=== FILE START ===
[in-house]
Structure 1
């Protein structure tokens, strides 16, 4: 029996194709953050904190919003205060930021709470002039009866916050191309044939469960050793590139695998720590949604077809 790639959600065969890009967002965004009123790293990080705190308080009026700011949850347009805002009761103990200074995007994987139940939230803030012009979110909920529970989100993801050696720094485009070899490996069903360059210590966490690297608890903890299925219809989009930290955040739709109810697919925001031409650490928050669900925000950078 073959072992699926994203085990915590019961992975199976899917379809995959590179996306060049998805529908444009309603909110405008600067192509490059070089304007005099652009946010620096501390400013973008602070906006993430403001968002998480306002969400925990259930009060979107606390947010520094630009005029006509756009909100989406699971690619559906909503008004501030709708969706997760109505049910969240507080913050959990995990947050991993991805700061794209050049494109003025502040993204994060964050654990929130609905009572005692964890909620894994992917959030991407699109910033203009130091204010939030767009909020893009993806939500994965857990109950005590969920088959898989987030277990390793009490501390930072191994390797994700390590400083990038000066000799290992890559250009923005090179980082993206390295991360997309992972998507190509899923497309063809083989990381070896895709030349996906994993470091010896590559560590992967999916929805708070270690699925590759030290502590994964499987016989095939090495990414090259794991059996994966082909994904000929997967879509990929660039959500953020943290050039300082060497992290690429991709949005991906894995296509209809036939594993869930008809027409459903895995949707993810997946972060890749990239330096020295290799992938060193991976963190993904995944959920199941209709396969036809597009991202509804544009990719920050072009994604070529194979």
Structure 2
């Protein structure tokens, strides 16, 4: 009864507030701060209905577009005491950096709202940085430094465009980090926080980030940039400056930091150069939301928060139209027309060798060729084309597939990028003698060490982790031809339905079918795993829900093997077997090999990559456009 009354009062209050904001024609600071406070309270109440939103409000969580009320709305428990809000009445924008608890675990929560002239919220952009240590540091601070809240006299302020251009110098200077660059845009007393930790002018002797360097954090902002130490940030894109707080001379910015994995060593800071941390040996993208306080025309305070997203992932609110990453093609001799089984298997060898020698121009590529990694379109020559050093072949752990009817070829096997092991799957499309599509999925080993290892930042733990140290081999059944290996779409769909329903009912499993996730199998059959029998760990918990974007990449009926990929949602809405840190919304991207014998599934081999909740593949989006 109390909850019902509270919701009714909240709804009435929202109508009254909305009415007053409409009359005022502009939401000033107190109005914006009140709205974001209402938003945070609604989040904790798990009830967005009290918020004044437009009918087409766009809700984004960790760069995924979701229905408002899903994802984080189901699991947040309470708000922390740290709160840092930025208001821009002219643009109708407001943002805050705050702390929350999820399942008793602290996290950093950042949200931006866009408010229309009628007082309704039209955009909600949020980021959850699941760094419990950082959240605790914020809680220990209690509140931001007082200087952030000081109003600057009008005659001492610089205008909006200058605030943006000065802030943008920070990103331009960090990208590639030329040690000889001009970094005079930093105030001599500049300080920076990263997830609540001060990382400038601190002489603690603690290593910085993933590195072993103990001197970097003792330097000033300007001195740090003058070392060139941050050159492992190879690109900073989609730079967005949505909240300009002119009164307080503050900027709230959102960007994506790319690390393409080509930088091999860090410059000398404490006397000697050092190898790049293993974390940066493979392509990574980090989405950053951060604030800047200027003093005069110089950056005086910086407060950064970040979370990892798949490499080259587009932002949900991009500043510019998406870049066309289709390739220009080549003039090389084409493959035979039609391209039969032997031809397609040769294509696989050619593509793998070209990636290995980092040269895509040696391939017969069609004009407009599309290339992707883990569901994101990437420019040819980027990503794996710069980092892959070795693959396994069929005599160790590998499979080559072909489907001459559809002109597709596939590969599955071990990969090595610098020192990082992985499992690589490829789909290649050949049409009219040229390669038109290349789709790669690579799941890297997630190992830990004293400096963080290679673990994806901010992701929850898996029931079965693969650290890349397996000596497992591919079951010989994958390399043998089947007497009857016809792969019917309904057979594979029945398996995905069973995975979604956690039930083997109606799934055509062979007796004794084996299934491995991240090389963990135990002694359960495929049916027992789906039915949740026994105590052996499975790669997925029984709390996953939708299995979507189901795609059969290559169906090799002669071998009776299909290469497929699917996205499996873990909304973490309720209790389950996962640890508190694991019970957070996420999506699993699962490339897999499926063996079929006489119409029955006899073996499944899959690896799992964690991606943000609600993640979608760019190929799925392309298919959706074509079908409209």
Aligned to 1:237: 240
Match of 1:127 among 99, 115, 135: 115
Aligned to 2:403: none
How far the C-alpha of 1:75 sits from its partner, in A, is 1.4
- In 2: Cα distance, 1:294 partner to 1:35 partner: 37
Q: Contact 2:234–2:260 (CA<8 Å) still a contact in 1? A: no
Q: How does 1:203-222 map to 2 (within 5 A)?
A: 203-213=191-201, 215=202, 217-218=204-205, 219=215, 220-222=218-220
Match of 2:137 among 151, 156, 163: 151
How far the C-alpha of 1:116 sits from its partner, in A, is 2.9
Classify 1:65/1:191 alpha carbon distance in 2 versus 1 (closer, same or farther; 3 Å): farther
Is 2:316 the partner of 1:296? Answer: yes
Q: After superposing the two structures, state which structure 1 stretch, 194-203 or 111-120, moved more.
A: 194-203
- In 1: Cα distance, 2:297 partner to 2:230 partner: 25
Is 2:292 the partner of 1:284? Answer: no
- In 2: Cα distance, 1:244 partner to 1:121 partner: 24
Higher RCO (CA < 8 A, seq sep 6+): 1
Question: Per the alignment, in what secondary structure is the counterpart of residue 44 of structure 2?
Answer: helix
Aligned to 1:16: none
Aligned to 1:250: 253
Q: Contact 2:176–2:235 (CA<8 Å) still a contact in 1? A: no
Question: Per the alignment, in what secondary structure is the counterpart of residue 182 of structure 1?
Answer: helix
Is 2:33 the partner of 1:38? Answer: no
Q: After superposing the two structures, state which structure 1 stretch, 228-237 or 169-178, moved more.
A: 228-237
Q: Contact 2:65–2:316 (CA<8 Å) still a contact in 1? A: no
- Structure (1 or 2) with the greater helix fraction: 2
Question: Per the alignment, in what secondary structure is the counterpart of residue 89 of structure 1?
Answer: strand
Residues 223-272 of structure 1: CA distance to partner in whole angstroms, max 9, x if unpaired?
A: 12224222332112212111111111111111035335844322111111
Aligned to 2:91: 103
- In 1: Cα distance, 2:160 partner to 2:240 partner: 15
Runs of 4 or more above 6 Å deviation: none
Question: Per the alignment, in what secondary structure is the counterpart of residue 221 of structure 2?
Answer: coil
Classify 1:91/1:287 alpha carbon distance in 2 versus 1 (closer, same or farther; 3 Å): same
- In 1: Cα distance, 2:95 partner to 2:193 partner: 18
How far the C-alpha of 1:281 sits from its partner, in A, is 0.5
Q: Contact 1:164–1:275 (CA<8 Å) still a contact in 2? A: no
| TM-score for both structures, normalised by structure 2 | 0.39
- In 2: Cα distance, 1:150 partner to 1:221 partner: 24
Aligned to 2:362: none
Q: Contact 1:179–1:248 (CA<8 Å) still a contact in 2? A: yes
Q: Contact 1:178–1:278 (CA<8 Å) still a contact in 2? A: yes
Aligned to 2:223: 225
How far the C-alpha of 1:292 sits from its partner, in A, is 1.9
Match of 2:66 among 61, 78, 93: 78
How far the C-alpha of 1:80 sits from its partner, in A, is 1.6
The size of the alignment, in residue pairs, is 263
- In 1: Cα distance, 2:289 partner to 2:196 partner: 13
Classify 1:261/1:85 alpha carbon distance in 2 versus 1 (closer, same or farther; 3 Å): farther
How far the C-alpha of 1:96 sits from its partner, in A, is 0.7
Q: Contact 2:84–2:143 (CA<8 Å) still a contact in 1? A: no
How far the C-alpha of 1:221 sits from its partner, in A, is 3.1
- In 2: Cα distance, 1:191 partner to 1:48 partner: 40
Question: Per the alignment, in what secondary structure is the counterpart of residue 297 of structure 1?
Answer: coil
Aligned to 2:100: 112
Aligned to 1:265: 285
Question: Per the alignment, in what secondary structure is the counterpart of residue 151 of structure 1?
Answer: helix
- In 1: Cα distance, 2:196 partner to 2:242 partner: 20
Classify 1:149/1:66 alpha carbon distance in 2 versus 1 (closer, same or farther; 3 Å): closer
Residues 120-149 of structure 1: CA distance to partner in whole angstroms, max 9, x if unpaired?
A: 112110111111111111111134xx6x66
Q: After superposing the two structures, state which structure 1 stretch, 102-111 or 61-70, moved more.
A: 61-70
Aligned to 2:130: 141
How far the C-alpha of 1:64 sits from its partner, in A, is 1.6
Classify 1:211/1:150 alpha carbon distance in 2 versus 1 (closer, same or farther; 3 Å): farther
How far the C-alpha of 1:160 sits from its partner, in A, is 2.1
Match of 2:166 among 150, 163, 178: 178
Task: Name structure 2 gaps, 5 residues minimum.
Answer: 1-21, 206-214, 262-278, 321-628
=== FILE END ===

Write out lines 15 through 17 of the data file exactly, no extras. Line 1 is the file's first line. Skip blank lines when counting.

How far the C-alpha of 1:116 sits from its partner, in A, is 2.9
Classify 1:65/1:191 alpha carbon distance in 2 versus 1 (closer, same or farther; 3 Å): farther
Is 2:316 the partner of 1:296? Answer: yes